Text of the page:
Defence Industry

The Contours of IDDM: A user’s Perspective
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Issue Vol. 31.3 Jul-Sep 2016 | Date : 23 Dec , 2016

It is my belief that, from such an amalgam, will rise the soul of IDDM. The recent news of hiring young IIT students for certain design assignments by the DRDO, implementation instructions of ADB getting issued by the Army, the Indian Navy scaling newer heights in indigenous design after the Arihant, the GOI, in Feb 2015, has sanctioned the construction of six nuclear-powered attack submarines to be designed completely by the Directorate of Naval Design and built by the Shipbuilding Centre at Vishakhapatnam), Tejas and beyond, the story is positive albeit with many ‘ifs’ at the moment. Also, with what I saw in the effervescent spirits of the small and big Indian players at the DefExpo, I would like to believe (with a tongue-in-cheek reality) that the decade ahead is one that belongs to the ‘Indian Design’ – the soul of IDDM.

If there is something that can really be called the soul of the entire euphoria of the new DPP 2016 anchored in the magic of ‘Make-in-India’, it is this newly introduced acquisition category – Indian Design Development and Manufacture (IDDM). I, as a humble user and the operator of the DPP for years on end that includes seven years in the flag ranks, actually handling procurements at the cutting edge and experiencing the many joys of completed cases and the frustrations of the ones fallen aside, have tried to examine the various contours of the IDDM including the take on it by a few Subject Matter Experts (SMEs) on some apparent contradictions related to IDDM when seen with other categorisations. Here it goes…..

Buy IDDM

The first point of debate among the SMEs is about the percentage of Indigenous Content (IC) required. The figure is 40 per cent on cost basis of the total value of the contract for products that have been indigenously designed developed and manufactured and 60 per cent for products which may not have been designed and developed indigenously.

Excruciating delays in decision-making and file clearing has to become history over time…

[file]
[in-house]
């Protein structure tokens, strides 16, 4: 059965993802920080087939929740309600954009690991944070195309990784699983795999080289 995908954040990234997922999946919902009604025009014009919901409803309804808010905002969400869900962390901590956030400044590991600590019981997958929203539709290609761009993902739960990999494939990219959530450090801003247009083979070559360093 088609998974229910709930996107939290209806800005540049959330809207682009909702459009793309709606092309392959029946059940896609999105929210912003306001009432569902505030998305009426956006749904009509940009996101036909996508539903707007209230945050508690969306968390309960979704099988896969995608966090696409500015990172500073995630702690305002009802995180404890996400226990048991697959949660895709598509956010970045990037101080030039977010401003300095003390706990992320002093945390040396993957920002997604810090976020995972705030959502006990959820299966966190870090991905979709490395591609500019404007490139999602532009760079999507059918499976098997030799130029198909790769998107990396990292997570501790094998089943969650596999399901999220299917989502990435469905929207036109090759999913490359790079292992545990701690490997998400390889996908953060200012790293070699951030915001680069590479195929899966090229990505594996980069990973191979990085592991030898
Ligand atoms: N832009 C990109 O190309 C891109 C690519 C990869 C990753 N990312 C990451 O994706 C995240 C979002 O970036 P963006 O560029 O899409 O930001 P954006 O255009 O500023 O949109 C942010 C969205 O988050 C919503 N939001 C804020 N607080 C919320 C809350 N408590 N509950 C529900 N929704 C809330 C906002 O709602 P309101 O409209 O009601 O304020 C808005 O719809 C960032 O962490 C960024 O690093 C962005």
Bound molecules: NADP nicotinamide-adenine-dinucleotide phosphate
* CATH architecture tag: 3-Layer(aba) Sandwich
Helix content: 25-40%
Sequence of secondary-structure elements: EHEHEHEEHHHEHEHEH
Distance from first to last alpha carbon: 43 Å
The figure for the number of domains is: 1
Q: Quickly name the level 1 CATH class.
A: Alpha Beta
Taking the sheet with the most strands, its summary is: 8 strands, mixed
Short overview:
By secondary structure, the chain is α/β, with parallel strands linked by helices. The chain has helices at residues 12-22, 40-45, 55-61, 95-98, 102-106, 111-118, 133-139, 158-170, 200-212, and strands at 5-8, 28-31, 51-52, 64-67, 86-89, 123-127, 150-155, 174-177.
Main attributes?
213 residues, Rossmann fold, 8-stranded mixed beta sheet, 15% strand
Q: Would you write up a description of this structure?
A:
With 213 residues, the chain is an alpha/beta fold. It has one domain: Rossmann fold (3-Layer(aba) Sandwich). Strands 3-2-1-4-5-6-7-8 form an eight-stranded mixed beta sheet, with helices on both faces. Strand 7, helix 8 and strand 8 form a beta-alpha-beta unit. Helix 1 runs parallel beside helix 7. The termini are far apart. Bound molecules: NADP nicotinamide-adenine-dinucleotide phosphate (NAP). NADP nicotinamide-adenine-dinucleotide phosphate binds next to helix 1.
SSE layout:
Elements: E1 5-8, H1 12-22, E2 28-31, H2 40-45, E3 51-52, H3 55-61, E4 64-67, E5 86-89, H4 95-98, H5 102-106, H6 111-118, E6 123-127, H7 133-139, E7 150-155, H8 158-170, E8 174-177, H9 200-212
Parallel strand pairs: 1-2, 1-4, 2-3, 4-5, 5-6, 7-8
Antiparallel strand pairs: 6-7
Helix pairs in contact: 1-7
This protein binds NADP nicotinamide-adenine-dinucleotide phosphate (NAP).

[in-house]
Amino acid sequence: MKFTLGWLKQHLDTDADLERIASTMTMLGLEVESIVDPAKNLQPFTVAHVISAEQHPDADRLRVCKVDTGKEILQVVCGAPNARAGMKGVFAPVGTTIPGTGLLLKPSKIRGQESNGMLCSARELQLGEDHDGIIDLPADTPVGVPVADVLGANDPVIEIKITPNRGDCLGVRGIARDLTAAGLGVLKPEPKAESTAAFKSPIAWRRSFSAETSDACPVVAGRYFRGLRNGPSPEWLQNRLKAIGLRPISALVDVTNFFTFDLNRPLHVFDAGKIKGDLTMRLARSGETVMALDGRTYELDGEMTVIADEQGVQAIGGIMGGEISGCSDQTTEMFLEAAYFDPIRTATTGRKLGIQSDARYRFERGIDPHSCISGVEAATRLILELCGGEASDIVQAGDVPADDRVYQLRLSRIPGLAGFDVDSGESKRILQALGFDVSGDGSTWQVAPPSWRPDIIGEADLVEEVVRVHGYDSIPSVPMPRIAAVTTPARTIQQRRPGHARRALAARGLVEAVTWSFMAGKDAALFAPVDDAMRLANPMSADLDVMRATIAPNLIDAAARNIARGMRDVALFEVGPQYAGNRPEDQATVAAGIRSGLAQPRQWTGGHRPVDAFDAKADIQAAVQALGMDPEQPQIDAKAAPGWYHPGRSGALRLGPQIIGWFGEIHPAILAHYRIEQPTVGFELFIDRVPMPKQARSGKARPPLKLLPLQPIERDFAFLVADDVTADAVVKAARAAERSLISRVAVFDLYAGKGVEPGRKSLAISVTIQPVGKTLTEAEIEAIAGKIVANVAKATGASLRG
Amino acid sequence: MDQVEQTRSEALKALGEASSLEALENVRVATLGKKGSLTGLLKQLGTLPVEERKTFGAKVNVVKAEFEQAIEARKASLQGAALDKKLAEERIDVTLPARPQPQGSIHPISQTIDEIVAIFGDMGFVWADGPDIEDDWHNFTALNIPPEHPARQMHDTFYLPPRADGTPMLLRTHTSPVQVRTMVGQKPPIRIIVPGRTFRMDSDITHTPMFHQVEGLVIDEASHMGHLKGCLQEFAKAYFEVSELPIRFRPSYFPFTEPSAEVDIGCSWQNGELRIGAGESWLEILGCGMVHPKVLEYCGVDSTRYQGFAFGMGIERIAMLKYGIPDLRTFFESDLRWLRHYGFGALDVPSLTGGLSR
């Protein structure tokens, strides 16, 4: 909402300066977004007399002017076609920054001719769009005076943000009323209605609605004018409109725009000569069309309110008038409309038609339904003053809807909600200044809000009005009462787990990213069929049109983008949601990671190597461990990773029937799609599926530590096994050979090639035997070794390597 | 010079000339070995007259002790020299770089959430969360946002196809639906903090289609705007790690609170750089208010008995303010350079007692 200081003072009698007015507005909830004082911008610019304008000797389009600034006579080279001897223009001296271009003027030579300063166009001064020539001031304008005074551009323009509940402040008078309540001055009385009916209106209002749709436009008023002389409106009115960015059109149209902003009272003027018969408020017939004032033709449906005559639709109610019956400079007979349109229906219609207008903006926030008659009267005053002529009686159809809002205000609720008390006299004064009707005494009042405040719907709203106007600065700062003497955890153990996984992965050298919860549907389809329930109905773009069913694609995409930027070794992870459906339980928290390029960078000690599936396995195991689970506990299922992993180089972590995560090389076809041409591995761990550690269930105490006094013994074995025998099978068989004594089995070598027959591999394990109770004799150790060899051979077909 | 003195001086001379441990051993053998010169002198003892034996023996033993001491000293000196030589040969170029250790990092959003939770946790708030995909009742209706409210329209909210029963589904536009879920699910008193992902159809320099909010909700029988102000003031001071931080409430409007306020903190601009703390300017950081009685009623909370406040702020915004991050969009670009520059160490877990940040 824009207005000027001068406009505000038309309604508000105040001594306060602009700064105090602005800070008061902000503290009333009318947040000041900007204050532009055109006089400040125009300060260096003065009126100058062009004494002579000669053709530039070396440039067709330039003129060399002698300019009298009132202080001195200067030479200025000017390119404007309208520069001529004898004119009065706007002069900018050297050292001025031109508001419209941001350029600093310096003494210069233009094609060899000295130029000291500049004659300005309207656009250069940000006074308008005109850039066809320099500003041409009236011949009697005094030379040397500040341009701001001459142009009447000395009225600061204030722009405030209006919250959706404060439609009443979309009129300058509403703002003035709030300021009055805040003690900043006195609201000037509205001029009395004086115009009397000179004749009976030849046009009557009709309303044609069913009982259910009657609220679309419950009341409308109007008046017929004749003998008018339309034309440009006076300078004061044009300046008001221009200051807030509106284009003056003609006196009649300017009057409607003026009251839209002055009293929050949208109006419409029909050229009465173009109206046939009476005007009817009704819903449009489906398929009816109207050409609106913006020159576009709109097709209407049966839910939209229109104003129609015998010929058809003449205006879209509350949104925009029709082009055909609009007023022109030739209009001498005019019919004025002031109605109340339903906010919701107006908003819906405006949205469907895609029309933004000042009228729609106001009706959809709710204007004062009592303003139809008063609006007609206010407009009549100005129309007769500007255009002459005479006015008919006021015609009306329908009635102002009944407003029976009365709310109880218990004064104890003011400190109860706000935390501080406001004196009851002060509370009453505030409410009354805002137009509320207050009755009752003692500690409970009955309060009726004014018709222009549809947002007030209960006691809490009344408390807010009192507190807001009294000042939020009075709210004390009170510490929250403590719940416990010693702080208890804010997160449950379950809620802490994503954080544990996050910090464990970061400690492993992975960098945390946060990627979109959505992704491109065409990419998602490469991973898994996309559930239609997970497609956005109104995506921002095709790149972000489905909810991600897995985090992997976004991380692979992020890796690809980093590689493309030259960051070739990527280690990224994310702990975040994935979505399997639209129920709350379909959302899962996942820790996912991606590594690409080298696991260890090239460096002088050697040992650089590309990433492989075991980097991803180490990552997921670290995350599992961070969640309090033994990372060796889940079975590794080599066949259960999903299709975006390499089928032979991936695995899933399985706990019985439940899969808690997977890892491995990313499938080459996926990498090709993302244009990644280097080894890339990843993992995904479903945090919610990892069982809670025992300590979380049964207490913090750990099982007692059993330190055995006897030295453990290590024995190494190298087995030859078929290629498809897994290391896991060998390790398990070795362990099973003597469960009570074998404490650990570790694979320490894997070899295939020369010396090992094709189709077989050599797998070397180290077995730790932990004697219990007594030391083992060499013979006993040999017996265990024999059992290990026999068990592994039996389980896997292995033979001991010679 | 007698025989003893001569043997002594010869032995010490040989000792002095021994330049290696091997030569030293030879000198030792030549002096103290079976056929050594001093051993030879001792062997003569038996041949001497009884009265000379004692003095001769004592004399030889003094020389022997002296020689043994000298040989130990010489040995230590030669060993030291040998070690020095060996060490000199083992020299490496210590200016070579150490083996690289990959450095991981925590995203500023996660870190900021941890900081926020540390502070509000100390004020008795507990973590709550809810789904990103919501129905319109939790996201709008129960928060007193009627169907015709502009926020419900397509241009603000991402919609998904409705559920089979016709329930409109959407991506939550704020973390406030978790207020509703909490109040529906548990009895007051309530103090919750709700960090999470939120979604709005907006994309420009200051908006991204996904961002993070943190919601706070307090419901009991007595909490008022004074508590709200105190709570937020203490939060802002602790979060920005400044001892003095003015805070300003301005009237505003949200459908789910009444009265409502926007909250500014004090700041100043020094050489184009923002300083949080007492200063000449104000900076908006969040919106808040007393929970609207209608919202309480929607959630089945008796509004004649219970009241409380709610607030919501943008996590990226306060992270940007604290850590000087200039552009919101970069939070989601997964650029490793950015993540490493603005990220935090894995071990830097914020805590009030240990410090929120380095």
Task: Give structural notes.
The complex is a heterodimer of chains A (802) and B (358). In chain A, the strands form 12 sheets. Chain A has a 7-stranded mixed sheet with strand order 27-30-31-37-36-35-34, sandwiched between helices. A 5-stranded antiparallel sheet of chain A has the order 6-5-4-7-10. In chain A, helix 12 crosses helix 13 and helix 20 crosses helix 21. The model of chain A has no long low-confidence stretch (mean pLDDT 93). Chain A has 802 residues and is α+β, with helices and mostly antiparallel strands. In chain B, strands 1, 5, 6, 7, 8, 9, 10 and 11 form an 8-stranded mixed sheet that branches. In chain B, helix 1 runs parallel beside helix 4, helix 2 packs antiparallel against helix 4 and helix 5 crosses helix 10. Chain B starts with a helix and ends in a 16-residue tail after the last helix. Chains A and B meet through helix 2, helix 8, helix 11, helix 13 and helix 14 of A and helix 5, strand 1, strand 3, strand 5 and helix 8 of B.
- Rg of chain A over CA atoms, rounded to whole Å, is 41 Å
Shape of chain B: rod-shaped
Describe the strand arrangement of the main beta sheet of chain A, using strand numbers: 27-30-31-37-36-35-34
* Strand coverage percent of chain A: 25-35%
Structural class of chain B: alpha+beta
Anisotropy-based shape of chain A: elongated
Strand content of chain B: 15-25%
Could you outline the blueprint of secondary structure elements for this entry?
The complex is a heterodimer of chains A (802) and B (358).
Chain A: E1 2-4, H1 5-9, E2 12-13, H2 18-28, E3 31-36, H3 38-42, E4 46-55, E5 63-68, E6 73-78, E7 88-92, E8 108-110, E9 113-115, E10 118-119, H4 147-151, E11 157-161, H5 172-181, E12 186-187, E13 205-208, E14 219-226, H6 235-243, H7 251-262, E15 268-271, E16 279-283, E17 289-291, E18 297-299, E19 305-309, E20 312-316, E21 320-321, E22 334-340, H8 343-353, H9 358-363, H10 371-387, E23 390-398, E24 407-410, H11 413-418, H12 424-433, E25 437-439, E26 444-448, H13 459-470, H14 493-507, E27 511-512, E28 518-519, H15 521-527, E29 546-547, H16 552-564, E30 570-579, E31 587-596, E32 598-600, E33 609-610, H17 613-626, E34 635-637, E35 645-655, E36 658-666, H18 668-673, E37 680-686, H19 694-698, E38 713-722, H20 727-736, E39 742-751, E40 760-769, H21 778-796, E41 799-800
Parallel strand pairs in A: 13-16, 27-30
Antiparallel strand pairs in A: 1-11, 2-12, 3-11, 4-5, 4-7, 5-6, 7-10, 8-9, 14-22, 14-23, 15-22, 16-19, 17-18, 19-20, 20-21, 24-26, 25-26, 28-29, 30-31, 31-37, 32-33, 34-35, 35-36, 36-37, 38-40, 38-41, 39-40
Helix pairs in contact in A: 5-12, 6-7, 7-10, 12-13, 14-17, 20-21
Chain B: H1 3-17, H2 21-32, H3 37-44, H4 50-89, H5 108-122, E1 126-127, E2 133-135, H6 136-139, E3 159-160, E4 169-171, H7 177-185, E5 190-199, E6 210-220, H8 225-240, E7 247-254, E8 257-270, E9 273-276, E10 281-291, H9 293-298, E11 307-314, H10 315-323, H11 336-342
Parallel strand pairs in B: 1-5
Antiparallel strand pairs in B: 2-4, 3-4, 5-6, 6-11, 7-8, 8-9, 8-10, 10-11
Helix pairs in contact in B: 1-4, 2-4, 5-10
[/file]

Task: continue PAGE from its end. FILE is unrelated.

While there may be some merit in the argument that the percentage figures are quoted wrongly and these should have been the other way round since the product, that is not designed and developed in India cannot be expected to have an IC percentage higher than the one designed and developed in-house, my take is as under:

  • Percentage figures, as quoted, are correct and have an implied logic to it.
  • The lower percentage of IC will work as an incentive for a product developer to push for an Indian design rather than looking outwards for the same.
  • Talking of 60 per cent, the same will relate to a particular class and category of products. Which one? Well, experience has it that there are many a product which are at the ‘horizon of indigenous manufacture’, i.e. These are those products that we have almost indigenised except for a small portion that is still beyond our reach.
  • For example, take the case of active and passive RF seeker for a range of missiles, both surface-to-air and surface-to-surface. While we can do almost the entire missile, including the propellant and fusing, in-house, the RF seeker still remains elusive. Such products will foot the bill in this category (IC – 60 per cent).
  • While we can manufacture the latest guns, the smart ammunition capable of receiving round-to-round intelligence is beyond our capability. Some portions of the cutting-edge radar technologies (4D/AESA/capability to fire-control conventional, as well as, guided ammunition from the same platform), a bit of special materials (nano-driven), powering of laser weapons are some such areas where we are almost there. Such are the cases that will fit in IDDM 60 per cent IC category.

Another argument against the IC percentages in IDDM category has been that, given the situation today where we are 60 to 65 per cent dependent on imports for our requirement of military equipment on the whole and about 70 to 80 per cent, when it comes to aviation related wherewithal, how on earth are we imagining 40 and 60 per cent IC, as quoted above? My views are as under:

  • It is agreed up front that the percentage figures are at the upper edge of the ‘stretch limit’ of IC but that is not all.
  • Without trying to make any exaggerated/false claims, I state with conviction that the face of the Indian defence industry is fast changing. A detailed visit to the latest Defexpo 2016 would vindicate my point. I am not talking only of the big players such as TATA, L&T, Mahendra, Bharat Forge, PunjLoyd and the like. The magic is also being spun by many other comparatively smaller entities and enterprises such as Zen Technologies, MKU, VEM Technologies, Alpha Design Technologies and many more.
  • It is a little different world today with Dhanush, indigenous update of BMPII, Sarath, Ultra Light Howitzer by Bharat Forge, 155/42 calibre indigenous, 100 per cent Indian Air Defence BMC2 and AD C&R System, Rotas BMS and many more.
  • Also the foreign OEMs such as Thales, SAAB, MBDA, Rafael, IAI, Lockheed, Raytheon, Boeing, Rosoboron Group et al are becoming increasingly proactive, not only in the euphoria of ‘Make-in-India’, but also with the stated claims of ‘Made’ in India.